Pearl “Polly” Adler, of Russian-Jewish origin and born in 1899, was sent by her parents to the US in 1913 to escape the increasing pogroms in Imperial Russia. By 1920 she was procuring prostitutes to work at brothels in New York City.
She opened a club in 1931 at the newly completed building “The Majestic,” which included a bar designed to look like Tutankhamun’s tomb. Her club’s reputation spread to include some of the most famous of New York society, theater people, politicians, and underworld until 1945. Ms. Adler’s brothels provided the finest smuggled alcohol, food from selected private chefs, and the best girls, “tall and beautiful, gliding down the staircase like swans on a mirrored lake.”
Times and views on prostitution changed. Secret trysts often through the smartphone/computer and online pornography, made the business easy and inexpensively accessible. For the most part, elegant and glamorous grand “Gentlemen’s Clubs” no longer exist.
The US Securities and Exchange Commission deregulated the securities industry in 1975. The public reason was that the “Old Boy’s Club” and fixed commission rates did not address the needs of retail customers. That was not true. There was fierce competition.
Merrill Lynch was “Bullish on America,” introduced on television during the 1970 World Series. E. F. Hutton had the best research, so “when E.F. Hutton talks, people listen.” Boutique firms like Paine Webber offered high-net-worth client services, including lunch in corporate executive dining rooms.
Charles R. Schwab opened the first “discount brokerage” in 1975 with trading commission rates half of what the Old Boys charged. The firm did not provide research, a personal stockbroker, or the dining room. An investor could come in at lunchtime wearing “work clothes” from a construction job and feel at home. Wall Street had come to Main Street.
Trade*Plus was the first consumer-oriented online trading application in 1985. That was soon followed by the “Black Monday” crash in 1987.
Online “Day trading” took off in 1997. Between 1995 and 2000, the Nasdaq Composite index reached a price–earnings ratio of 200. In February 2000, the NASDAQ 100 index peaked (inflation-adjusted) at 8,300. By December 2000 it traded at 4,200. A “man on the street” stock favorite, Pets.com, began operations in November 1998—with a listing day price high of $11.00 in February 2000—and was liquidated in November 2000 at $0.20.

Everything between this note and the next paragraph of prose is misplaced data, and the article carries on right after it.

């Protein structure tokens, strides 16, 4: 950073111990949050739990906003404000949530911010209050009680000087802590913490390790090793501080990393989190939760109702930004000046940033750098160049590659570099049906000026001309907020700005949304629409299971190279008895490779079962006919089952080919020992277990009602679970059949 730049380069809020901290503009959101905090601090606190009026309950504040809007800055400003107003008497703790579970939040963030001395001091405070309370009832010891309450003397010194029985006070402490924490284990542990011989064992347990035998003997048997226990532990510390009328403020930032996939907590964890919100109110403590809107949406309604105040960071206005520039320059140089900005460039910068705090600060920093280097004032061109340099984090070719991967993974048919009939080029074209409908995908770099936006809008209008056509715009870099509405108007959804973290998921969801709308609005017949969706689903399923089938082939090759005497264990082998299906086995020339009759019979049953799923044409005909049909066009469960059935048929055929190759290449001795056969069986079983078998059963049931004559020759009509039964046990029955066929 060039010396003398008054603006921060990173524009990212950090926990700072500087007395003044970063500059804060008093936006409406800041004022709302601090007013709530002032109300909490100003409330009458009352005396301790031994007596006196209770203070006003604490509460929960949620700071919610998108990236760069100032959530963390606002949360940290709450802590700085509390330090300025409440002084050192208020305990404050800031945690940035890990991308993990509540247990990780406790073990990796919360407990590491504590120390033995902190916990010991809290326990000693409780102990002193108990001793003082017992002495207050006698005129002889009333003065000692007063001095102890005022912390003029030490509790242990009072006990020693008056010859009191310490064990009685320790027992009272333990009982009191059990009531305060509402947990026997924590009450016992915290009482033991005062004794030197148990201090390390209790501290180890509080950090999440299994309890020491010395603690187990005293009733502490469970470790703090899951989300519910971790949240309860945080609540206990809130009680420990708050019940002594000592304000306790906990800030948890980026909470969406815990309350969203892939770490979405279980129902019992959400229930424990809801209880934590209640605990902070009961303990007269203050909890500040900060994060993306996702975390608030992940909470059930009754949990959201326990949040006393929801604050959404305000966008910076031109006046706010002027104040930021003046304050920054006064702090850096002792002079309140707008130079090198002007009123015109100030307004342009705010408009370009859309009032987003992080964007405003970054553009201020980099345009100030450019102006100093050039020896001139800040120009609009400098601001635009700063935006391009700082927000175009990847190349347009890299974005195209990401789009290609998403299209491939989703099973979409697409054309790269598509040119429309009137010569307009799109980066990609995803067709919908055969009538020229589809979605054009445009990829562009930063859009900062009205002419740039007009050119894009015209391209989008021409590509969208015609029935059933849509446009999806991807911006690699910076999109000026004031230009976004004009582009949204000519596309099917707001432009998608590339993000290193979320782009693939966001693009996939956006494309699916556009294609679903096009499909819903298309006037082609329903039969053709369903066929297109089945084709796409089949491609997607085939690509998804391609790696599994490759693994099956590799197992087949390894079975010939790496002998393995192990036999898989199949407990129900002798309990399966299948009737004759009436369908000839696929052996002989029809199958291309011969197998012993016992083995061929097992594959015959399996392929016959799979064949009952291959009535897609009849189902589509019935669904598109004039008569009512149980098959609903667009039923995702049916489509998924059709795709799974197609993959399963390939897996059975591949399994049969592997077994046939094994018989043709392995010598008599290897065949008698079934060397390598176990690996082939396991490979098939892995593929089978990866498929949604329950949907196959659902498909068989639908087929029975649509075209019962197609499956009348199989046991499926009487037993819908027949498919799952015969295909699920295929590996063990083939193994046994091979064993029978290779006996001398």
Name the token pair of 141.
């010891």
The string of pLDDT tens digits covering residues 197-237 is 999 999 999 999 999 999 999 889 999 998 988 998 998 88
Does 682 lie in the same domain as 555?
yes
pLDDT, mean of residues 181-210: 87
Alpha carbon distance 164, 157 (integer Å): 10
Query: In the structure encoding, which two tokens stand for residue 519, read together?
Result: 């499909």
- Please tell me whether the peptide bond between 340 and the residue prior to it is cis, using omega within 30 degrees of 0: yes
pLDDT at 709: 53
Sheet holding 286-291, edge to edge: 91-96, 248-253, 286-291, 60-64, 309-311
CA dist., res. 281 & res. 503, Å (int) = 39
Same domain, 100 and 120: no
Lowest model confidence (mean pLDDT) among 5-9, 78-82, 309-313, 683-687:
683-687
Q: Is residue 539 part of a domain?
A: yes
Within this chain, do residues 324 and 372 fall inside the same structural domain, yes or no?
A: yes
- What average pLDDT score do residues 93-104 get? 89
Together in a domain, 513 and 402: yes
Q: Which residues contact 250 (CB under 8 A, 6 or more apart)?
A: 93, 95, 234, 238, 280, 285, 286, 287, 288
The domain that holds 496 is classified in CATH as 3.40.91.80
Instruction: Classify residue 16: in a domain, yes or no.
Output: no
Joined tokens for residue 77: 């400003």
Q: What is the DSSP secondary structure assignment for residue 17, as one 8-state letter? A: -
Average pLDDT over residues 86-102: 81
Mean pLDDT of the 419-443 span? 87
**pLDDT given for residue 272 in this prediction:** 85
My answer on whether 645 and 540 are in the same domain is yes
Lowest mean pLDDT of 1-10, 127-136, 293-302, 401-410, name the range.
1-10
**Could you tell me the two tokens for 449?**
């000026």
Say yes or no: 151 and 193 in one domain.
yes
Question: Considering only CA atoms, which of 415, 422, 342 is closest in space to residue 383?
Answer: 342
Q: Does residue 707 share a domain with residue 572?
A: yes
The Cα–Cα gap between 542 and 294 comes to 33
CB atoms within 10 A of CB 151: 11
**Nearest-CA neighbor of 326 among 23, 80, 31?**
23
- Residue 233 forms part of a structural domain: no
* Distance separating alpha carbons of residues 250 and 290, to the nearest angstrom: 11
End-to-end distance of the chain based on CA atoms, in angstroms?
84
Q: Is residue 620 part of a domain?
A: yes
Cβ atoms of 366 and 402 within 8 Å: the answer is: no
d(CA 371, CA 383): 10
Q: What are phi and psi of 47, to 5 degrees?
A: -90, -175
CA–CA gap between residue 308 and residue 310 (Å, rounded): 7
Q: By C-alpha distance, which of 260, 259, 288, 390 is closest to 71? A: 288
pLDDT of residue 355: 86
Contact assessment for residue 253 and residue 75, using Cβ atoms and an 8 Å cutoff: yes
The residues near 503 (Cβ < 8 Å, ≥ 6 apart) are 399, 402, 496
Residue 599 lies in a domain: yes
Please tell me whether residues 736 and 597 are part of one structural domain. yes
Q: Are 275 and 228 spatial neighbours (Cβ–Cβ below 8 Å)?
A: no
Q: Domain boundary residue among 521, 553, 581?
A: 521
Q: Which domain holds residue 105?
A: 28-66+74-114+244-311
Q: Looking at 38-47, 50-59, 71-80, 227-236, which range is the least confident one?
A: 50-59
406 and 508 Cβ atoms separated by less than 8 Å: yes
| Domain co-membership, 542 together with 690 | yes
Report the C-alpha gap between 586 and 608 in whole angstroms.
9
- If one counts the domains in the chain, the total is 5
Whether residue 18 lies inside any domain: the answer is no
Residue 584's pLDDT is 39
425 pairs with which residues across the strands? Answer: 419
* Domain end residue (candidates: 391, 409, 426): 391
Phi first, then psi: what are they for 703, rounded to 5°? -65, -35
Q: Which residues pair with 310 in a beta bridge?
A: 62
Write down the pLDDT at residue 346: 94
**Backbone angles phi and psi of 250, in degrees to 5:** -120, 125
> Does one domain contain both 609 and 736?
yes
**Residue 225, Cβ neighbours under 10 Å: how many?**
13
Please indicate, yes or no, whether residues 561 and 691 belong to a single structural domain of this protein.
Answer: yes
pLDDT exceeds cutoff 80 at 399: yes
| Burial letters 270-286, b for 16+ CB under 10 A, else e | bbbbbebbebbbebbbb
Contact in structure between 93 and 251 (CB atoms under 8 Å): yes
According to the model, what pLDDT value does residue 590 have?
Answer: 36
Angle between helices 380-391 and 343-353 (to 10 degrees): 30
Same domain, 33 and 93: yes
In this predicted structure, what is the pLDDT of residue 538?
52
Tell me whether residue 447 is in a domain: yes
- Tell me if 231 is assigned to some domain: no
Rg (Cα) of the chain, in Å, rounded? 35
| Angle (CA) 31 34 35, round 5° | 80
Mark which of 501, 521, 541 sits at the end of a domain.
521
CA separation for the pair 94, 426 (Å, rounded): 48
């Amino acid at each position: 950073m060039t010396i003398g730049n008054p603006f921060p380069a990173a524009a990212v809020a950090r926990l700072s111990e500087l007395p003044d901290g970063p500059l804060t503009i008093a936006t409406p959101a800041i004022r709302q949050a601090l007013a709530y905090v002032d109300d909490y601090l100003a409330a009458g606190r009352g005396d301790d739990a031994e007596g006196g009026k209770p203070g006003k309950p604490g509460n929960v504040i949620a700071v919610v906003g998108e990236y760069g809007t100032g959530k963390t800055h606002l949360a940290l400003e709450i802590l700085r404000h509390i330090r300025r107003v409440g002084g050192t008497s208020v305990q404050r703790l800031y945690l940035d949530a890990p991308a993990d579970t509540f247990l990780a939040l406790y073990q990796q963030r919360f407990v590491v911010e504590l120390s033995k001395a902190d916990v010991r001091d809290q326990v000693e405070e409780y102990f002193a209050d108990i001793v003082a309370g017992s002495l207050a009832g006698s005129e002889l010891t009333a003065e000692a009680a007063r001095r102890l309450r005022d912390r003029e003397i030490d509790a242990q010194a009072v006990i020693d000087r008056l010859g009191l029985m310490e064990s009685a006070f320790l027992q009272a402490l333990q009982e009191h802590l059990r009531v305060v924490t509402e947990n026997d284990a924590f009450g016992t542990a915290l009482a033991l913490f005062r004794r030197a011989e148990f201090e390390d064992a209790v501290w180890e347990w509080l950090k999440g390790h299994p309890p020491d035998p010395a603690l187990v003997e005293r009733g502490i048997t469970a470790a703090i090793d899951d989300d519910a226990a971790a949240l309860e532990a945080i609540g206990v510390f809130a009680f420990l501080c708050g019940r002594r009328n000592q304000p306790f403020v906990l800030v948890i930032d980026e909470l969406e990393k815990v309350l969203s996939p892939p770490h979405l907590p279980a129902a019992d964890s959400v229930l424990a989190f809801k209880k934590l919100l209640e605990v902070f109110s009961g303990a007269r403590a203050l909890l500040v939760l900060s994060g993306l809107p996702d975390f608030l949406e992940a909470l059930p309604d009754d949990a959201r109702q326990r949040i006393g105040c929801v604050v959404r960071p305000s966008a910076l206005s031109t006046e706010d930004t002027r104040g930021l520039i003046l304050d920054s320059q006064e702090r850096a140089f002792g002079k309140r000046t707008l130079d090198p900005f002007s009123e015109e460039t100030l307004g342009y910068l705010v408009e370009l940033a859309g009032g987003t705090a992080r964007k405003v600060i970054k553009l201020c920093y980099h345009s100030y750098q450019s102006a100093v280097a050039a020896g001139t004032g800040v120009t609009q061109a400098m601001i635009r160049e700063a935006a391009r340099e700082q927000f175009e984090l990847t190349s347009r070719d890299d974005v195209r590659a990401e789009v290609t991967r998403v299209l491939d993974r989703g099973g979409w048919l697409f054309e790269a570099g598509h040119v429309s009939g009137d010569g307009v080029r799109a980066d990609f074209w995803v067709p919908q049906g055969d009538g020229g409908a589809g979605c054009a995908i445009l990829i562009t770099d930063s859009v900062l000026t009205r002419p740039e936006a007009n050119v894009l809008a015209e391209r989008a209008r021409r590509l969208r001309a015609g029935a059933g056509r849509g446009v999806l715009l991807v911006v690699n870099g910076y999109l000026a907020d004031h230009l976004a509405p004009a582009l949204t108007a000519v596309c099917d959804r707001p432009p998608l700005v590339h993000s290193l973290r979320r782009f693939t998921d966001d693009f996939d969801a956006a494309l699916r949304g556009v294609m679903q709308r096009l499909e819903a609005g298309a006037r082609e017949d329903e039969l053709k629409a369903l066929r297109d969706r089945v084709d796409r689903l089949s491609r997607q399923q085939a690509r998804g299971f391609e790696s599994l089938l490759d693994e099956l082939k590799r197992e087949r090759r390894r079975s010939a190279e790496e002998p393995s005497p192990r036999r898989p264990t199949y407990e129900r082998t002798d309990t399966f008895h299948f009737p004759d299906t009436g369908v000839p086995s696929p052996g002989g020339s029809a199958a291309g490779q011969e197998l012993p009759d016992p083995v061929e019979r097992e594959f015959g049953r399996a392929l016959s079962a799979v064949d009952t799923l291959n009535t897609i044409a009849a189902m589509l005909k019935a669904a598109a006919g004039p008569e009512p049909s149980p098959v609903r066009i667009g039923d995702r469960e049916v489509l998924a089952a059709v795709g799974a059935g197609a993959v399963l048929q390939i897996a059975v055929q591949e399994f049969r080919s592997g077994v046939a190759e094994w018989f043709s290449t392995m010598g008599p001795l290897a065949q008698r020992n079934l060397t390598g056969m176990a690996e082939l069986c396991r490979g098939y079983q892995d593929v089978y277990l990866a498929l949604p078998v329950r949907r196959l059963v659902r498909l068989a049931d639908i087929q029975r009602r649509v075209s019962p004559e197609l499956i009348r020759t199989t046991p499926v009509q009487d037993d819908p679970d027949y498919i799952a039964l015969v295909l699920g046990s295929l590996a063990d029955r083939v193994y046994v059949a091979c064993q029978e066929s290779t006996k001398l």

From 12 online brokerage firms in 1994, this increased to 140 firms by 2001. In 2022, more than half of American families, 58 percent, were invested in the market. That was an increase from 32 percent in 1989. Perhaps most importantly investors 65 and older own 43 percent of the US stock market and the wealthiest 10 percent of American households now own 89 percent of all US stocks.
Making investing in the stock market more easily accessible and less expensive is beneficial. The stock exchange makes more income from transaction fees. Companies have a larger market for their Initial Public Offerings. More liquidity is created from an increased number of investors and that is good for the stockbrokers.
However, offering access—not just checking prices—to the market between Instagram and Twitter on a Smartphone is not about investing. It is all about trading the market. Just because everyone can access the stock market does not mean everyone should.
People used to get their music from the radio, and this created stars. The first music video broadcast on MTV in 1981 was The Buggles’ “Video Killed the Radio Star.” Who now listens to the radio for their music? Who goes to a “Gentlemen’s Club” to fulfill their fantasies?
Maybe the Old Boys still have a hidden agenda that is not beneficial for the newbies.
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